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  1. Transfer learning on graphs drawn from varied distributions (domains) is in great demand across many applications. Emerging methods attempt to learn domain-invariant representations using graph neural networks (GNNs), yet the empirical performances vary and the theoretical foundation is limited. This paper aims at designing theory-grounded algorithms for graph domain adaptation (GDA). (i) As the first attempt, we derive a model-based GDA bound closely related to two GNN spectral properties: spectral smoothness (SS) and maximum frequency response (MFR). This is achieved by cross-pollinating between the OT-based (optimal transport) DA and graph filter theories. (ii) Inspired by the theoretical results, we propose algorithms regularizing spectral properties of SS and MFR to improve GNN transferability. We further extend the GDA theory into the more challenging scenario of conditional shift, where spectral regularization still applies. (iii) More importantly, our analyses of the theory reveal which regularization would improve performance of what transfer learning scenario, (iv) with numerical agreement with extensive real-world experiments: SS and MFR regularizations bring more benefits to the scenarios of node transfer and link transfer, respectively. In a nutshell, our study paves the way toward explicitly constructing and training GNNs that can capture more transferable representations across graph domains. Codes are released at 
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  2. Free, publicly-accessible full text available April 1, 2024
  3. Diffusion State Distance (DSD) is a data-dependent metric that compares data points using a data-driven diffusion process and provides a powerful tool for learning the underlying structure of high-dimensional data. While finding the exact nearest neighbors in the DSD metric is computationally expensive, in this paper, we propose a new random-walk based algorithm that empirically finds approximate k-nearest neighbors accurately in an efficient manner. Numerical results for real-world protein-protein interaction networks are presented to illustrate the efficiency and robustness of the proposed algorithm. The set of approximate k-nearest neighbors performs well when used to predict proteins’ functional labels.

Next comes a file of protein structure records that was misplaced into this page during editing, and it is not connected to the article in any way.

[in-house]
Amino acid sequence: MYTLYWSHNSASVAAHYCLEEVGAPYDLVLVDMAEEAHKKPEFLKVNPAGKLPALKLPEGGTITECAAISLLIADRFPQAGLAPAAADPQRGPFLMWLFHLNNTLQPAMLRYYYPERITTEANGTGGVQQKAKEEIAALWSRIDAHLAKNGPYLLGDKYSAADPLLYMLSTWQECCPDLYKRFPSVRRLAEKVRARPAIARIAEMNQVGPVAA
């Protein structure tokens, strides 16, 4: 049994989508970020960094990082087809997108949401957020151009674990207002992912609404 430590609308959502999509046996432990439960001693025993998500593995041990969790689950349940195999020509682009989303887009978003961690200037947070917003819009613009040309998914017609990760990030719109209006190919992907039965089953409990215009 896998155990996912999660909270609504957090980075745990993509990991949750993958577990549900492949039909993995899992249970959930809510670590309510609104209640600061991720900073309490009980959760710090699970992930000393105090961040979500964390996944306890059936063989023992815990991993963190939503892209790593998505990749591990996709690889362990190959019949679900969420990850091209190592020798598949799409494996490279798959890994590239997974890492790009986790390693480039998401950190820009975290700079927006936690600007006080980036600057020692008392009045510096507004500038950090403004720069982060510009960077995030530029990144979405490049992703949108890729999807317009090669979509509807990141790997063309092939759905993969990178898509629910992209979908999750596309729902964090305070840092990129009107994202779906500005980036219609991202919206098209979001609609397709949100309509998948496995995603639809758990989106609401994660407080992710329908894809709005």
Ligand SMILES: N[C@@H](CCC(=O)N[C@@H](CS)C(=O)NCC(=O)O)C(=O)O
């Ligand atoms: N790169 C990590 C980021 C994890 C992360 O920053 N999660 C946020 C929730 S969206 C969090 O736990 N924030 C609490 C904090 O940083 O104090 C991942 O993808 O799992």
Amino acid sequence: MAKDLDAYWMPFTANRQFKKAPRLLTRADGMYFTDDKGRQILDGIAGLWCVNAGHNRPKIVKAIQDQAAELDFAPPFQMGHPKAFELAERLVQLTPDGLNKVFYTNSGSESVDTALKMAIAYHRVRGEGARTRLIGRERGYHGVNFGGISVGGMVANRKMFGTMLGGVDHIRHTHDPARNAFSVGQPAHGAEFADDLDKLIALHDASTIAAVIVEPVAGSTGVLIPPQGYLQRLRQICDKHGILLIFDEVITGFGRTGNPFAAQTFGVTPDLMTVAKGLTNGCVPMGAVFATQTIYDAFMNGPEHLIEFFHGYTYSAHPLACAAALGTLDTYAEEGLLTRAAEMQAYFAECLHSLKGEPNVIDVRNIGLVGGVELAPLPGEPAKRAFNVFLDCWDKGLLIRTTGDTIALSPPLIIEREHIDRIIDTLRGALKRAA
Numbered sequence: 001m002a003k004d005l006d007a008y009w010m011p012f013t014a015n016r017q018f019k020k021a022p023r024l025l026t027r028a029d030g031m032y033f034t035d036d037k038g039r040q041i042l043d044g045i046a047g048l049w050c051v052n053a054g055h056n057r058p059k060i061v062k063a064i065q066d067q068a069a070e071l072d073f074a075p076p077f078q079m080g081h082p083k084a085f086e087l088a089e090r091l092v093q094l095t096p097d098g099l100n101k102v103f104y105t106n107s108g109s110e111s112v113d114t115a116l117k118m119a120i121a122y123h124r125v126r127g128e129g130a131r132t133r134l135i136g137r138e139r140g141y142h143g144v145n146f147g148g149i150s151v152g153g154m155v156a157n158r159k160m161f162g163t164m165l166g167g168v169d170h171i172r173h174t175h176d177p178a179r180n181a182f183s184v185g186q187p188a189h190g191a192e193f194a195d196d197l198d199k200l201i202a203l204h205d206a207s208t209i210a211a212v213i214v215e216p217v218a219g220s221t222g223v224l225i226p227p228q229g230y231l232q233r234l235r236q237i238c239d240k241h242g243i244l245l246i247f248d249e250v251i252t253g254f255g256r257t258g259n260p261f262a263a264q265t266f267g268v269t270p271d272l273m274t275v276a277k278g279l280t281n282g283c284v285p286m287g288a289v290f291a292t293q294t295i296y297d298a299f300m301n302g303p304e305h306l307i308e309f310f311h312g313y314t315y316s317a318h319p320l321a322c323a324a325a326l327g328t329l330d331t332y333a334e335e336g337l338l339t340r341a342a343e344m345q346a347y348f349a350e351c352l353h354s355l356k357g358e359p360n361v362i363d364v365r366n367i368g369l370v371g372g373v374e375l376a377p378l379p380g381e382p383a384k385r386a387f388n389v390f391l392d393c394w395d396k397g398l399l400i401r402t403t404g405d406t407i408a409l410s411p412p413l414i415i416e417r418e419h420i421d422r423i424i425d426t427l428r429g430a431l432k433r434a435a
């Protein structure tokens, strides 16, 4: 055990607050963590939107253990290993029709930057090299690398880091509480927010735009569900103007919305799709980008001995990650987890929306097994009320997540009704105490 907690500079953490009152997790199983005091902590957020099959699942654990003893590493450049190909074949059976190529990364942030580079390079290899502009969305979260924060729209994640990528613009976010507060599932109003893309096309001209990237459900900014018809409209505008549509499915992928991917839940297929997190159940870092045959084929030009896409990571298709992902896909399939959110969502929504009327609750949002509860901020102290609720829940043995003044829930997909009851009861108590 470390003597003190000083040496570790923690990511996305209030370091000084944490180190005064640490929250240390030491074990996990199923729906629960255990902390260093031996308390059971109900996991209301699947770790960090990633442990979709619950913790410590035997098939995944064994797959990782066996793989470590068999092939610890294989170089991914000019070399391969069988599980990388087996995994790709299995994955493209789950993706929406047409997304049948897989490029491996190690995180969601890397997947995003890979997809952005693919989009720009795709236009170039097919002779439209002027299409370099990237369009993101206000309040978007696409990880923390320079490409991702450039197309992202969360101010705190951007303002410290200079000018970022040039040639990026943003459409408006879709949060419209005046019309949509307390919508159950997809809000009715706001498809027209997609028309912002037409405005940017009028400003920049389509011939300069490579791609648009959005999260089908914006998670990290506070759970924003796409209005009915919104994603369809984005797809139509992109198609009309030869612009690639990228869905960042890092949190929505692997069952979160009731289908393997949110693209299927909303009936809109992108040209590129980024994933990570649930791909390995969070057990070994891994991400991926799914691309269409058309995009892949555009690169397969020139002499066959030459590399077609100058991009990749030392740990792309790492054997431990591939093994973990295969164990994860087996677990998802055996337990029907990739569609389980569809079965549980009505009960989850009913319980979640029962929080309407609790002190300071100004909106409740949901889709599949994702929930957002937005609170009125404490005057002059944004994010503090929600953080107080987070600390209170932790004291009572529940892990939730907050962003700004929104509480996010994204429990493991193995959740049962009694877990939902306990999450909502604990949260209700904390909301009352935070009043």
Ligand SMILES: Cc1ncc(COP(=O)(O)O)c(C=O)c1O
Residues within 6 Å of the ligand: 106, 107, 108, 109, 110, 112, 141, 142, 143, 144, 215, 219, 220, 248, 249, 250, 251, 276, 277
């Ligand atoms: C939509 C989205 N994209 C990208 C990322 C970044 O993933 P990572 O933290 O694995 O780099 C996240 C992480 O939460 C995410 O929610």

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  4. Approaches to in silico prediction of protein structures have been revolutionized by AlphaFold2, while those to predict interfaces between proteins are relatively underdeveloped, owing to the overly complicated yet relatively limited data of protein–protein complexes. In short, proteins are 1D sequences of amino acids folding into 3D structures, and interact to form assemblies to function. We believe that such intricate scenarios are better modeled with additional indicative information that reflects their multi-modality nature and multi-scale functionality. To improve binary prediction of inter-protein residue-residue contacts, we propose to augment input features with multi-modal representations and to synergize the objective with auxiliary predictive tasks. (i) We first progressively add three protein modalities into models: protein sequences, sequences with evolutionary information, and structure-aware intra-protein residue contact maps. We observe that utilizing all data modalities delivers the best prediction precision. Analysis reveals that evolutionary and structural information benefit predictions on the difficult and rigid protein complexes, respectively, assessed by the resemblance to native residue contacts in bound complex structures. (ii) We next introduce three auxiliary tasks via self-supervised pre-training (binary prediction of protein-protein interaction (PPI)) and multi-task learning (prediction of inter-protein residue–residue distances and angles). Although PPI prediction is reported to benefit from predicting intercontacts (as causal interpretations), it is not found vice versa in our study. Similarly, the finer-grained distance and angle predictions did not appear to uniformly improve contact prediction either. This again reflects the high complexity of protein–protein complex data, for which designing and incorporating synergistic auxiliary tasks remains challenging. 
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  5. null (Ed.)
    Boron carbide is super-strong and has many important engineering applications such as body armor and cutting tools. However, the extended applications of boron carbide have been limited by its low fracture toughness arising from anomalous brittle failure when subjected to hypervelocity impact or under high pressure. This abnormal brittle failure is directly related to the formation of a tiny amorphous shear band of 2–3 nm in width and several hundred nm in length. In this Perspective, we discuss mitigating the amorphous shear bands in boron carbide from various strategies including microalloying, grain boundary engineering, stoichiometry control, and the addition of a second phase. Combined with recent theoretical and experimental studies, we discuss strategies that can be applied in synthesizing and producing boron carbide-based materials with improved ductility by suppressing the formation of the amorphous shear band. 
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